Observations of Quasars and Active Galaxies


Some radio sources were not found to be associated with obvious nearby galaxies. Instead, astronomers only found star-like objects, with very bizarre spectra -- they had extremely broad emission lines -- like Seyfert 1 and radio galaxies -- but which could not be associated with any known elements or molecules. The name "quasi-stellar radio source" or quasar was given to these objects.

3C273 optical image and spectrum

In 1963, Maarten Schmidt realized that the emission lines from the quasar 3C 273 were actually from a very well-known element: hydrogen. They were, however, shifted to much redder wavelengths than expected, indicating (by Hubble's law) that the object was very far away.

An aside: redshifts

At large recession velocities, astronomers typically talk about the redshift of a galaxy, given by

Small z: low velocity -- nearby object. Large z: high velocity -- distant object.

Most galaxies we see pretty pictures of have z<0.05.

3C 273 had a redshift of z=0.158, and has a "recessional velocity" which was ~ 15% of the speed of light! This puts 3C 273 at a distance of ~ 650 Mpc.
Nothing had ever been observed this distant.

Shortly thereafter, another quasar, 3C 48 was found to have a redshift z=0.367, putting it ~1500 Mpc away.

(note: at these redshifts, the notion of distance becomes ill-defined, because of the curvature of space. we'll talk about that more when we talk about cosmology!)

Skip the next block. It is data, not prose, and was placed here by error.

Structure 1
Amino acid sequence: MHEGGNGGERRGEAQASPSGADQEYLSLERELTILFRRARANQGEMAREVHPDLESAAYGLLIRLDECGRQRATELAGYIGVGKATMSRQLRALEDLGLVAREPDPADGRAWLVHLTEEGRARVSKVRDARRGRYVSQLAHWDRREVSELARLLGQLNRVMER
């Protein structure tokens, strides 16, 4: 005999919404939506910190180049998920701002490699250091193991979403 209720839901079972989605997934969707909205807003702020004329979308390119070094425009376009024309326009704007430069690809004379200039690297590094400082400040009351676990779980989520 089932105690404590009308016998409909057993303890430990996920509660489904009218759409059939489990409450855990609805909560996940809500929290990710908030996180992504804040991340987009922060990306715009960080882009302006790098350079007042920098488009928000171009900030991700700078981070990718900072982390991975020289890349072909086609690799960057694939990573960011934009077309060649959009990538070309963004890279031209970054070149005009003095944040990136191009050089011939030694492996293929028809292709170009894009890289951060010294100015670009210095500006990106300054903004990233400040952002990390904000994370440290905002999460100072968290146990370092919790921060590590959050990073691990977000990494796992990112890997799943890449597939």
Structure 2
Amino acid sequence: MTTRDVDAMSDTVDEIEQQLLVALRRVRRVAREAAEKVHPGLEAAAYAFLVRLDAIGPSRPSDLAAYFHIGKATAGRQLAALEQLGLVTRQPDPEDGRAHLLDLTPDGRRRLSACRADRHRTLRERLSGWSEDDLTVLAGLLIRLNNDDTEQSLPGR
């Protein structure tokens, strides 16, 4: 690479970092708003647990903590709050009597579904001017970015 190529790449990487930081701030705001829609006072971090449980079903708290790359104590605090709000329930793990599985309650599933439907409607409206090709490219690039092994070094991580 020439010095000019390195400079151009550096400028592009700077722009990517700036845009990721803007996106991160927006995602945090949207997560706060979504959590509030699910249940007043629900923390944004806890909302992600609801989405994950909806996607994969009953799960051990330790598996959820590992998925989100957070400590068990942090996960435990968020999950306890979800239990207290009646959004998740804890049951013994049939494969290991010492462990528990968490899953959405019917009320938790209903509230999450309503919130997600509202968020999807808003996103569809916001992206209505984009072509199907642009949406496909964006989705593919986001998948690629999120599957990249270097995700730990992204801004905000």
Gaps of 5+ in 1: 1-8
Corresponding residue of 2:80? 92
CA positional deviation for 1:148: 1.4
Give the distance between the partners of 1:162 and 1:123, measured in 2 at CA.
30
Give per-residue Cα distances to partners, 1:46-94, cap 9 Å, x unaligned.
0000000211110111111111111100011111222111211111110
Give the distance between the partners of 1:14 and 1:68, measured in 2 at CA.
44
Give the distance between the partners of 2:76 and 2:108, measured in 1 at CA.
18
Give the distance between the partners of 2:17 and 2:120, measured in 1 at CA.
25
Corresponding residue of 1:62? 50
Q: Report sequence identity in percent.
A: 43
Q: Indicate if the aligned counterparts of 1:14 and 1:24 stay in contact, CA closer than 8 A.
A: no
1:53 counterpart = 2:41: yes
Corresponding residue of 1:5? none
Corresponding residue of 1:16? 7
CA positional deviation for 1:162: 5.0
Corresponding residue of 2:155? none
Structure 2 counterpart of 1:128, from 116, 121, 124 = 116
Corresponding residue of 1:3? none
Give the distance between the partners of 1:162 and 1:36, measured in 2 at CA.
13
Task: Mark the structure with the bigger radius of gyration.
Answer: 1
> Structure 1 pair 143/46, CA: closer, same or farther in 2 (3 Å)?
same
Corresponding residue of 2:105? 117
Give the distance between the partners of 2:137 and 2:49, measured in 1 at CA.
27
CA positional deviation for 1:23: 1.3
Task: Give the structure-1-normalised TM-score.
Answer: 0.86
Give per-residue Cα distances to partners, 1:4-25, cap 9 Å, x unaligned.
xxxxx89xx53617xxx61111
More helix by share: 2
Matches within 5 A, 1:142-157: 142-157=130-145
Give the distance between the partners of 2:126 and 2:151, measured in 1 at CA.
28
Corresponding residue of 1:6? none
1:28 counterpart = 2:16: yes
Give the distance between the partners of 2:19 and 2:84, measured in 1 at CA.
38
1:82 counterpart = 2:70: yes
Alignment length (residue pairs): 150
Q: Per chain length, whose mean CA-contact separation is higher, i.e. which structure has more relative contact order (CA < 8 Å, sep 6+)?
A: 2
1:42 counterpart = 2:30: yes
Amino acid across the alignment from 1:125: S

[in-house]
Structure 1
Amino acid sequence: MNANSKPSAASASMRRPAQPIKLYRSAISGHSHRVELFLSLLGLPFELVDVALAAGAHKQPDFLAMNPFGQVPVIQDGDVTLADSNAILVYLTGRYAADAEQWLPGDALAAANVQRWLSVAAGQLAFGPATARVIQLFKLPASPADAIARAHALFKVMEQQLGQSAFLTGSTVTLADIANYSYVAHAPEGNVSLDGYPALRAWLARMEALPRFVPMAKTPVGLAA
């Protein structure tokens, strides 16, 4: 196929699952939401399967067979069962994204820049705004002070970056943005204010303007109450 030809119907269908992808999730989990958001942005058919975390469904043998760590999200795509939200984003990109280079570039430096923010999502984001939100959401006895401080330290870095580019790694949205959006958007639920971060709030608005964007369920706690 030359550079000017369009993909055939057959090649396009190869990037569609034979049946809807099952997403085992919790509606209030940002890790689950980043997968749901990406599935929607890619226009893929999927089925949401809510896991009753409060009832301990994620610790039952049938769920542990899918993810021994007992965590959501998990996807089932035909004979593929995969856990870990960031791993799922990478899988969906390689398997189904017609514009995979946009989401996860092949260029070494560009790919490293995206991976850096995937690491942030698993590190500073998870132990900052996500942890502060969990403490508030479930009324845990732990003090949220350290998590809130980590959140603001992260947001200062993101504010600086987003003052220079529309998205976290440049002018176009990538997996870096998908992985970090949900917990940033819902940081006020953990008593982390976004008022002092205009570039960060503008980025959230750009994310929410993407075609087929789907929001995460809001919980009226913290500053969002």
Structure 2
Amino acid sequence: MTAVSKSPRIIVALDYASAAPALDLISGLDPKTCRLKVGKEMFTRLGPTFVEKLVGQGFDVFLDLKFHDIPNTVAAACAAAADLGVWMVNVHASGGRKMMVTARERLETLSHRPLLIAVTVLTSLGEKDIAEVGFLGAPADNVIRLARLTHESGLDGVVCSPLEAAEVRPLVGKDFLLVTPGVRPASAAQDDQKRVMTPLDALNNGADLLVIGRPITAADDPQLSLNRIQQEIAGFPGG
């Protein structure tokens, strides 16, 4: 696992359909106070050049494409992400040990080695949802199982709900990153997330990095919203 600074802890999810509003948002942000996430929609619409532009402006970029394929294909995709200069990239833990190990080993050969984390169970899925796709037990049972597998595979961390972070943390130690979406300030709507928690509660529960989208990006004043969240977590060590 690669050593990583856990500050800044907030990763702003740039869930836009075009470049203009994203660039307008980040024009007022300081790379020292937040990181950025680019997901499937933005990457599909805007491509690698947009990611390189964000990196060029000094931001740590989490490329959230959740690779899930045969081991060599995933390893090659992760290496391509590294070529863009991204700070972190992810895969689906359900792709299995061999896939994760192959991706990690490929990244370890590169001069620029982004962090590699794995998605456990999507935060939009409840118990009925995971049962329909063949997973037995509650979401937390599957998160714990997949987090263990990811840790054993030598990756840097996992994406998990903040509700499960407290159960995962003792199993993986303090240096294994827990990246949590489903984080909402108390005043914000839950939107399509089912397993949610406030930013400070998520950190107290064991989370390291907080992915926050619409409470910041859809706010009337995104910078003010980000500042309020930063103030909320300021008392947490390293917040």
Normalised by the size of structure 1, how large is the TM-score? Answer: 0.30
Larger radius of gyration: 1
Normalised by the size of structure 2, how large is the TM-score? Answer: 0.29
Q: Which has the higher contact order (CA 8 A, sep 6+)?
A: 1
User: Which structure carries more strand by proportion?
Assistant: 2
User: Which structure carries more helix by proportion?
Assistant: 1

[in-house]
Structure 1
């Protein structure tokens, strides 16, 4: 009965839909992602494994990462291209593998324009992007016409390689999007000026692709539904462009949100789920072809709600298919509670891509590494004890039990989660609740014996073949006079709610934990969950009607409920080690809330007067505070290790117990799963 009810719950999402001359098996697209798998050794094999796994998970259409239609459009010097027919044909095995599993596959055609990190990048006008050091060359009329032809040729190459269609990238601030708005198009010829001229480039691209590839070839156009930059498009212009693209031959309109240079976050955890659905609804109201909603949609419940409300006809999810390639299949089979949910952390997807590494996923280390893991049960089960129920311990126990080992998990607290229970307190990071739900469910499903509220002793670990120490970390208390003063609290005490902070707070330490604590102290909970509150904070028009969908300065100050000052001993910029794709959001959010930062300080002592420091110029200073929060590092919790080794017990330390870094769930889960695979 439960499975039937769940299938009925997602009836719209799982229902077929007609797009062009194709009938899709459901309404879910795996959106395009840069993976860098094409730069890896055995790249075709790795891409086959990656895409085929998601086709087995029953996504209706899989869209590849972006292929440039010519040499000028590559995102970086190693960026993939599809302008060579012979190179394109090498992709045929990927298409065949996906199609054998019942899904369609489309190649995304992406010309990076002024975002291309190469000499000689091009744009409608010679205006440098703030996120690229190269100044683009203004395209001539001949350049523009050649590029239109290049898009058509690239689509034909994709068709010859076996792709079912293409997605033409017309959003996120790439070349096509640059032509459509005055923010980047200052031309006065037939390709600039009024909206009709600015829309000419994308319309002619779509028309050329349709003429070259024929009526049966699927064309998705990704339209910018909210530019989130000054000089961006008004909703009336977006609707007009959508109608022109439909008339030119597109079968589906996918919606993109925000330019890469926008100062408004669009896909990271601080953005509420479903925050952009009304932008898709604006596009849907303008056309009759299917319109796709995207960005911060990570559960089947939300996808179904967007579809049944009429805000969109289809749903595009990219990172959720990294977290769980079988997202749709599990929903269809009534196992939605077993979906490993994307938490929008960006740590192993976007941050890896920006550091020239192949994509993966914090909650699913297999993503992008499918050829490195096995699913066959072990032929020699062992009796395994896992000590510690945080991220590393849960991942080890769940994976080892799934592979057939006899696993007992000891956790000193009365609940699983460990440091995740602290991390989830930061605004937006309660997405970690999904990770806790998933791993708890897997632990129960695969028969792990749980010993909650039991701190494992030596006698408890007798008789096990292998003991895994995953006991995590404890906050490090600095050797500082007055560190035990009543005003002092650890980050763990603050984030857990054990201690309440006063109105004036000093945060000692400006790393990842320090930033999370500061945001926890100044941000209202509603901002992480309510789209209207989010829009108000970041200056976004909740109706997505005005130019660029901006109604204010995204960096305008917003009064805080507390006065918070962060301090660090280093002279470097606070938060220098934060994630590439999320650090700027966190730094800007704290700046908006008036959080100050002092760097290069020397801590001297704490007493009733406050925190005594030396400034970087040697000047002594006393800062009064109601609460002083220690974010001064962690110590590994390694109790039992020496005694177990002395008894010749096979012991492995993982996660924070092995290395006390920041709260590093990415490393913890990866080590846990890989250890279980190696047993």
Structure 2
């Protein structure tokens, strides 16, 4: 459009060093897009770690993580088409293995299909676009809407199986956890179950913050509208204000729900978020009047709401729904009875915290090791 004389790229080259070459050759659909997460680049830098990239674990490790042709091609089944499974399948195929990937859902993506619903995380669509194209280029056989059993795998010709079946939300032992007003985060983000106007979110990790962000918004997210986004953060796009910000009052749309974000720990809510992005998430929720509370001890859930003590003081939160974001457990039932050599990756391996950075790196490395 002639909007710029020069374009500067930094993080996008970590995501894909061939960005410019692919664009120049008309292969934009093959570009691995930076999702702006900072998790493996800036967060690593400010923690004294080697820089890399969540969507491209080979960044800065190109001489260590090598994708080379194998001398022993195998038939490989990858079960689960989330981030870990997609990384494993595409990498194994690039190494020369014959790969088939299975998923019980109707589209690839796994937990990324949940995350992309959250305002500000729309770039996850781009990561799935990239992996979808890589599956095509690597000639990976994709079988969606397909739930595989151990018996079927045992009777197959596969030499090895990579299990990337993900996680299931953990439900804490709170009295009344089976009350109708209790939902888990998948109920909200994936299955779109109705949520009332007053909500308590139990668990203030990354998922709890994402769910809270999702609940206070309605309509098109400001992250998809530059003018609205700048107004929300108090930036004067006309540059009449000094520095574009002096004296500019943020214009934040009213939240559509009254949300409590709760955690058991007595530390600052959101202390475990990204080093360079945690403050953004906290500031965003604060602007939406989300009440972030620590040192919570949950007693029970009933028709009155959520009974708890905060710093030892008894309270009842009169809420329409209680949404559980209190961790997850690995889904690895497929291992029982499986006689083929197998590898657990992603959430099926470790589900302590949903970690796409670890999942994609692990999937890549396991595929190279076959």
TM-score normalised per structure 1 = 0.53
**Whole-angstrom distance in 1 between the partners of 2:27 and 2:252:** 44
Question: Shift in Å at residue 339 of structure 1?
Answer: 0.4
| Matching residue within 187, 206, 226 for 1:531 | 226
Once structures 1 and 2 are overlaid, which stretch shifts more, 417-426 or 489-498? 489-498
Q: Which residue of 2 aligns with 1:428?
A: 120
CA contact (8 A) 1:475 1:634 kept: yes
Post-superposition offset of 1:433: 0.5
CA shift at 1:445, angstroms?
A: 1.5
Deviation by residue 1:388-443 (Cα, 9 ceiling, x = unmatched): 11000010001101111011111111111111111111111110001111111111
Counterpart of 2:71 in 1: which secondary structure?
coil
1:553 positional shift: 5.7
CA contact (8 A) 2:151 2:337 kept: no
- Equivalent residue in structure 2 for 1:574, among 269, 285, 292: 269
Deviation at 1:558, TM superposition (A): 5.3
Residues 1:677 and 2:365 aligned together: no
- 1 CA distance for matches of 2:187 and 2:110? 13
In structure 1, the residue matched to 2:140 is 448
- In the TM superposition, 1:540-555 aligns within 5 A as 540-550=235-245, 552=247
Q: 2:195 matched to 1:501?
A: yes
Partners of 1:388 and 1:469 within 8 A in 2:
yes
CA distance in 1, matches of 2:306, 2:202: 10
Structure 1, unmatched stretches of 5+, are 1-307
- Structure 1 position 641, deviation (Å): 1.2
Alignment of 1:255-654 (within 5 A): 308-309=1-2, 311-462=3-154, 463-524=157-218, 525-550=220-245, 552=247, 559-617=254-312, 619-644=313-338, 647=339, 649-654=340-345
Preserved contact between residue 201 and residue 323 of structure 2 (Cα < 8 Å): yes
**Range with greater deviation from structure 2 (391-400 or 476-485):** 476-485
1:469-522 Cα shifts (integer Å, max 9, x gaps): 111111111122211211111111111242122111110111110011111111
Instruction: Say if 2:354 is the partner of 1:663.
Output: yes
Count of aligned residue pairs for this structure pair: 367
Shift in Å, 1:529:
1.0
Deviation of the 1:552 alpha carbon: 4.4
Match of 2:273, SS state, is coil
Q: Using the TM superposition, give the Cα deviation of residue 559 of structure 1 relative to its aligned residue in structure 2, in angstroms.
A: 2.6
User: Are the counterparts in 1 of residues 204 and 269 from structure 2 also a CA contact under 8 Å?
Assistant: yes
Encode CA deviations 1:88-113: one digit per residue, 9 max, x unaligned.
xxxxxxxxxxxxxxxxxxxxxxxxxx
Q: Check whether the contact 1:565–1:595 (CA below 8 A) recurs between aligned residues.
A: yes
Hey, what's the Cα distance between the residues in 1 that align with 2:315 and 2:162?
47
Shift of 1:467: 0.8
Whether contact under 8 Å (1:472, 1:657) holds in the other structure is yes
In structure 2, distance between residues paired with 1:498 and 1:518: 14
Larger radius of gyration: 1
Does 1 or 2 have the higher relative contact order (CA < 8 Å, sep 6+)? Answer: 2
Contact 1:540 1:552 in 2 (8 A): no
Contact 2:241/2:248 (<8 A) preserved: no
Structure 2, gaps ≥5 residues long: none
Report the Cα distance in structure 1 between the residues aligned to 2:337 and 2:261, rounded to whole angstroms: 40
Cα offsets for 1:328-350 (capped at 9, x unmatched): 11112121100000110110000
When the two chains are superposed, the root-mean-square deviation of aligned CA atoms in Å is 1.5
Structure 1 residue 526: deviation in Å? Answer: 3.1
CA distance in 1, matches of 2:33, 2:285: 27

Quasars were the most distant objects ever discovered. Yet they are relatively bright. This means the must be extremely luminous: 103 - 105 times more luminous than the entire Milky Way.

Seyfert galaxies

The first hint of strange activity in otherwise normal galaxies came from the spectrum of NGC 1068. NGC 1068 was found to have broad and narrow emission lines in its nucleus, produced by highly ionized gas .

  • Broad emission lines: fast motions (1000 - 5000 km/s)
  • Narrow emission lines: slower motions (~500 km/s)
  • High ionization: strong energy source

NGC 1068 is an example of a Seyfert galaxy. We classify Seyfert galaxies by their emission line shapes.
  • Seyfert 1: both broad and narrow lines
  • Seyfert 2: narrow lines only

Spectrum of a Seyfert 1 galaxy:

The beginning of taxonomy in the study of active galaxies...

Seyfert galaxies are typically spiral galaxies, and often have nearby companions. While the spectrum of the galaxy shows stellar light, the spectrum of the nucleus shows a complicated spectrum, dominated by synchrotron radiation.

Radio galaxies

As radio astronomers mapped the sky, they found several bright radio sources associated with distant galaxies. One of the brightest was the radio source Hercules A.

Hercules A: radio emission (pink) overlaid on optical.

Hercules A is a double-lobed radio source, where the lobes contain hot, ionized gas. Also notice the jets from the center. At the center sits a giant elliptical galaxy, at a distance of ~ 650 Mpc (z=0.155). At this distance, the lobes are separated by more than 250 kpc, and they have a radio luminosity of ~ 1045 erg/s, 106 times greater than the radio luminosity of normal galaxies.

Radio galaxies, unlike Seyferts, are generally hosted by elliptical galaxies, not spirals. Seyferts are also radio quiet.

M87, the central elliptical in Virgo, also is a radio galaxy. It is close enough that we can examine its center in detail,
where we can actually see the jet in the optical:

How are quasars, Seyferts (1 and 2), and radio galaxies related? What about blazars, BL Lac objects, OVVs , etc? A complicated taxonomy -- what's going on?